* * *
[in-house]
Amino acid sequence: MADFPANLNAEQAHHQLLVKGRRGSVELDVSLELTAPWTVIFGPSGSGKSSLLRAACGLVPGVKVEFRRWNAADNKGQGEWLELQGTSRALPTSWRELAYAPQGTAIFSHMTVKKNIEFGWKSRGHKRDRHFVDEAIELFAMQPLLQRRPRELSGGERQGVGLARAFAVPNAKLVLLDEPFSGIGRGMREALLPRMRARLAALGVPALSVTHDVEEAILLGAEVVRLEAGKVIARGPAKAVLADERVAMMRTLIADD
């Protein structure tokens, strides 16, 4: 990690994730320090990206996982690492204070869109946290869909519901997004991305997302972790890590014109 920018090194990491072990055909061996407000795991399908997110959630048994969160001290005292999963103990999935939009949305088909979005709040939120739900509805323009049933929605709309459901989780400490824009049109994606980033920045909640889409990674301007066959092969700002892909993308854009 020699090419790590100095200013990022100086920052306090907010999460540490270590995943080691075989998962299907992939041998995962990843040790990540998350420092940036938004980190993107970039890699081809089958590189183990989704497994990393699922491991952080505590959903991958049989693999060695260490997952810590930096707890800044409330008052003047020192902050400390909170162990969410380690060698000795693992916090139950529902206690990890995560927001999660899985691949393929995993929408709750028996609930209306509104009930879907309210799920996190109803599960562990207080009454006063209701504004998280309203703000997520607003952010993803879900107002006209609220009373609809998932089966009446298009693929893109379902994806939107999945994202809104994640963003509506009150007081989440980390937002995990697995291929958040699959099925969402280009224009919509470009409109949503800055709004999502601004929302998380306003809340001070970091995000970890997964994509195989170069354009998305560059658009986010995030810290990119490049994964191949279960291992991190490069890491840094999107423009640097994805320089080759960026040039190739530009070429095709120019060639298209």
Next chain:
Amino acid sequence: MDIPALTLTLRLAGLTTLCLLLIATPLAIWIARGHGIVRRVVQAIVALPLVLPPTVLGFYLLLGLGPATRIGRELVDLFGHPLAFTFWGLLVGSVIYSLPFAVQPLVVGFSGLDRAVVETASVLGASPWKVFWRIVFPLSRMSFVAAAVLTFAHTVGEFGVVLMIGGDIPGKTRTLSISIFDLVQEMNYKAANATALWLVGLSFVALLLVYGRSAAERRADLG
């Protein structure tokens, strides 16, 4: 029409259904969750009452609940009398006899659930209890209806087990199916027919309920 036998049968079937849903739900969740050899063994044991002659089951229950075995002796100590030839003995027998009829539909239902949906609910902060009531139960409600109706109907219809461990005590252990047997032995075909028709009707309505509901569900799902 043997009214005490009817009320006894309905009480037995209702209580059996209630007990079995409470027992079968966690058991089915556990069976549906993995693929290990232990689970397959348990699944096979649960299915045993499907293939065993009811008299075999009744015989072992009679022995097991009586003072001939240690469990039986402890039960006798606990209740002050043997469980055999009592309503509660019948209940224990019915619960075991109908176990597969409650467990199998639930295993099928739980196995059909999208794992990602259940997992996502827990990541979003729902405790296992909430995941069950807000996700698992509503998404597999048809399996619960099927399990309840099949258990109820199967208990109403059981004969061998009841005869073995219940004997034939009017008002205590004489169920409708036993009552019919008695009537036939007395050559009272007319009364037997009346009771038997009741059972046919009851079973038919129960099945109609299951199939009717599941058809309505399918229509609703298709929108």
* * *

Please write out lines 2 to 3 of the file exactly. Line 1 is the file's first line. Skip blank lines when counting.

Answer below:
Amino acid sequence: MADFPANLNAEQAHHQLLVKGRRGSVELDVSLELTAPWTVIFGPSGSGKSSLLRAACGLVPGVKVEFRRWNAADNKGQGEWLELQGTSRALPTSWRELAYAPQGTAIFSHMTVKKNIEFGWKSRGHKRDRHFVDEAIELFAMQPLLQRRPRELSGGERQGVGLARAFAVPNAKLVLLDEPFSGIGRGMREALLPRMRARLAALGVPALSVTHDVEEAILLGAEVVRLEAGKVIARGPAKAVLADERVAMMRTLIADD
């Protein structure tokens, strides 16, 4: 990690994730320090990206996982690492204070869109946290869909519901997004991305997302972790890590014109 920018090194990491072990055909061996407000795991399908997110959630048994969160001290005292999963103990999935939009949305088909979005709040939120739900509805323009049933929605709309459901989780400490824009049109994606980033920045909640889409990674301007066959092969700002892909993308854009 020699090419790590100095200013990022100086920052306090907010999460540490270590995943080691075989998962299907992939041998995962990843040790990540998350420092940036938004980190993107970039890699081809089958590189183990989704497994990393699922491991952080505590959903991958049989693999060695260490997952810590930096707890800044409330008052003047020192902050400390909170162990969410380690060698000795693992916090139950529902206690990890995560927001999660899985691949393929995993929408709750028996609930209306509104009930879907309210799920996190109803599960562990207080009454006063209701504004998280309203703000997520607003952010993803879900107002006209609220009373609809998932089966009446298009693929893109379902994806939107999945994202809104994640963003509506009150007081989440980390937002995990697995291929958040699959099925969402280009224009919509470009409109949503800055709004999502601004929302998380306003809340001070970091995000970890997964994509195989170069354009998305560059658009986010995030810290990119490049994964191949279960291992991190490069890491840094999107423009640097994805320089080759960026040039190739530009070429095709120019060639298209």